I've never met Jenny (although I'd sure like to some day!), but she has taught me about embroidery by sharing some of her secrets and methods with me and all her readers.  I've zoomed way in on Jenny's photos, and have learned that she gets such beautiful stitching results by taking very small, short stitches.  

Now I'll show you some of my stitchery.

Disclaimer:  the pen marks will disappear after I iron the pieces!

Another essential bit of information is that each back stitch gets taken in the same stitch hole as the previous stitch.  That sounds rather obvious, but sometimes it's harder than it seems!



Right now I'm working on some of Jenny's patterns, and I'll show you a few photos.  Not every piece is my best work, but I'm getting better.  One thing that I especially admire about Jenny's work is how  smooth, even, and regular are her embroidery curves.  Graceful, even!




A big thank you, Jenny!

Friday, March 3, 2017

On A Shoestring. . .

Hi!  I decided to dress up my tennis shoes a little bit the other day.  I had saved two pins on Pinterest from 

http://www.makeit-loveit.com/2013/03/diy-fabric-shoelaces.html

and

http://www.prima.co.uk/craft/sewing/news/a14763/making-shoe-laces/




It's really quite simple.  I took out my shoelaces, and measured a fabric strip of that length.  The blue ones were narrower  (about 1 1/2") than the green ones (about 2").  I had to piece the lengths of fabric, which I did with a diagonal seam, as in quilt binding.

I ironed them length-wise, then folded the raw ends in and sewed close to the edge.  One site said to fold the ends together tightly and zig-zag over it to finish off the end.  


I was a little worried about how I would get these "chunky" laces through the holes in my shoes.  But between a tweezer pulling, and a skewer pushing, it wasn't too hard.  So for one pair I simply used a pinking shears to cut a diagonal end.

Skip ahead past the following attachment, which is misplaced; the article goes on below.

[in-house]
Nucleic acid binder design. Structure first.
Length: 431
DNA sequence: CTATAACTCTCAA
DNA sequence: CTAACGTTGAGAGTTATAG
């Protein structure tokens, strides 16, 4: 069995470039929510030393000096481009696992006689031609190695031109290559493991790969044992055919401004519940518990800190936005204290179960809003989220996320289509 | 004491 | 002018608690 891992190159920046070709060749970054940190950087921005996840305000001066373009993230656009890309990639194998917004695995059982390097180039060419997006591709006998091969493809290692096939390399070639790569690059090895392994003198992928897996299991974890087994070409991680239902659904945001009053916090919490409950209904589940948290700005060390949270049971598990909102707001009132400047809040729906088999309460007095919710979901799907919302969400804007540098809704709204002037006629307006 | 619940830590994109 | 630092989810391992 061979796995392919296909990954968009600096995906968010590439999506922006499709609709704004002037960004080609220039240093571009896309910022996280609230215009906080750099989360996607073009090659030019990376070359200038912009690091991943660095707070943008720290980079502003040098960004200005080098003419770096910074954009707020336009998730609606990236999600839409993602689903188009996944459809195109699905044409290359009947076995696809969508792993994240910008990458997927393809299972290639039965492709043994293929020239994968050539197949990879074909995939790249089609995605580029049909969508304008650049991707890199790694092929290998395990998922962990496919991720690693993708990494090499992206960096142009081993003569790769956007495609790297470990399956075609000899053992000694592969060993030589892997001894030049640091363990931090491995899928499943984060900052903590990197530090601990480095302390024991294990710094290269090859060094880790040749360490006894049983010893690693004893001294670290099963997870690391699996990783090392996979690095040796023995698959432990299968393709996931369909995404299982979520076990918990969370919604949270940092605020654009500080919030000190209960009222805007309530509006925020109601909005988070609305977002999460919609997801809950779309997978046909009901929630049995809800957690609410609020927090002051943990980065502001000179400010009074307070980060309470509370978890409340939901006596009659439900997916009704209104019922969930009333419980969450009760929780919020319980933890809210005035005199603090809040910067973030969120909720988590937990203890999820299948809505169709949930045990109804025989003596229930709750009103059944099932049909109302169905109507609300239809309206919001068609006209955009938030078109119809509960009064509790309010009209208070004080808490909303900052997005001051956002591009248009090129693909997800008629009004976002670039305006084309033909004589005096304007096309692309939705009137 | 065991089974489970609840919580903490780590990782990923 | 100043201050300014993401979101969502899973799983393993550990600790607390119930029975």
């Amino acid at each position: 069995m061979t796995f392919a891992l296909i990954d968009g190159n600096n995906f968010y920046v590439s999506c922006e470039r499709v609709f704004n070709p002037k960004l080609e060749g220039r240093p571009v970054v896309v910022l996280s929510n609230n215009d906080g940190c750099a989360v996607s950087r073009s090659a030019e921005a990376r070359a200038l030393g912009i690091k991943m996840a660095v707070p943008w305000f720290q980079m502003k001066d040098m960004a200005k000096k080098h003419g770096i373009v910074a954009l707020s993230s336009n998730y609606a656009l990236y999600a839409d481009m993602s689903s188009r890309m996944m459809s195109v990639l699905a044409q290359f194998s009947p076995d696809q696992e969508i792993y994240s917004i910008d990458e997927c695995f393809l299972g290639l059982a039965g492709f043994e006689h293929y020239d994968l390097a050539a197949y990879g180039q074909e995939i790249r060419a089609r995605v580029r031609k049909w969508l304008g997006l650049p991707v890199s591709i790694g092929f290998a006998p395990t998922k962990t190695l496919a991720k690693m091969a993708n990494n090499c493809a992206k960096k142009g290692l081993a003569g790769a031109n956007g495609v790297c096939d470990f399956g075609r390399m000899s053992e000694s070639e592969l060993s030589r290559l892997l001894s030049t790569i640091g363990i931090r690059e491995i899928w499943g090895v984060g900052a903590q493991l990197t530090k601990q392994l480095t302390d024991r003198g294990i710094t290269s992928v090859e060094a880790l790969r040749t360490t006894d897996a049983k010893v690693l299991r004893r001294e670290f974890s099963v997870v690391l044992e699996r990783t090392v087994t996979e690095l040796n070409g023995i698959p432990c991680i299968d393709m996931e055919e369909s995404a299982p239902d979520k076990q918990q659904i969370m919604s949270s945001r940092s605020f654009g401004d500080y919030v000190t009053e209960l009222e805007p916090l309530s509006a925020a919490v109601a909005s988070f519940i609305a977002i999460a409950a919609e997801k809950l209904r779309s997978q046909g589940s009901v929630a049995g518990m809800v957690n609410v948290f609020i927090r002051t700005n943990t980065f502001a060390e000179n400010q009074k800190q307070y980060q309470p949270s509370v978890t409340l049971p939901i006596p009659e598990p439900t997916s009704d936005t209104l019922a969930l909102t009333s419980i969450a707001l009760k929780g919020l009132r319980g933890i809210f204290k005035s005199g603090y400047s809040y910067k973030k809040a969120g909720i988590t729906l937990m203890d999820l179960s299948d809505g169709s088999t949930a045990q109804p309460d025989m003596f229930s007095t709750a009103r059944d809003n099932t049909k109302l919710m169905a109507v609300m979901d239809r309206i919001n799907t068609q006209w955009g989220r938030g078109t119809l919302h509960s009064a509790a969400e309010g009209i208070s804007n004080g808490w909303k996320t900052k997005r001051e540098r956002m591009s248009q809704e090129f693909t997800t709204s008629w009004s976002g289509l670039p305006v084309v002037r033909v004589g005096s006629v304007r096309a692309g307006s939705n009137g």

Tying a little know near the end of the lace might be cute, too.

Wednesday, February 8, 2017

Quilt Retreat 2017

 Our annual quilt retreat started on Monday.  This year we are 21 women who all love fabric and quilting and eating.  Here's a photo of a portion of our workroom.




We have seasonally appropriate centerpieces on our eating tables.




Also, appropriate cocktail napkins.



Part of our snack table, before happy hour begins!



I placed this sign on our outside door.



The coffee bar.




Now for a little bit of our work.  (You'll see more in a later post.)

What do you see in this quilt?  Dark cats?  White cats?  No cats?



Here's a close-up to help you see.  I think this quilt is amazing.



This year we are again making squares for a Quilt of Valor.  (See post from last year's retreat.)  Each person used two 10" squares of contrasting fabric to make two half-square triangles.  I love that there are so many ways to arrange HSTs.  

I used light green flannel for my design wall, so please disregard that odd color!




Another arrangement.




I've been working on quilting last year's Quilt of Valor.  (I know--how can it have possibly taken me a whole year to get it put together??!!??  I have no good answer.)  I'll show more later, but I'm doing some straight line quilting, using a decorative stitch, and those curves inside the square parts.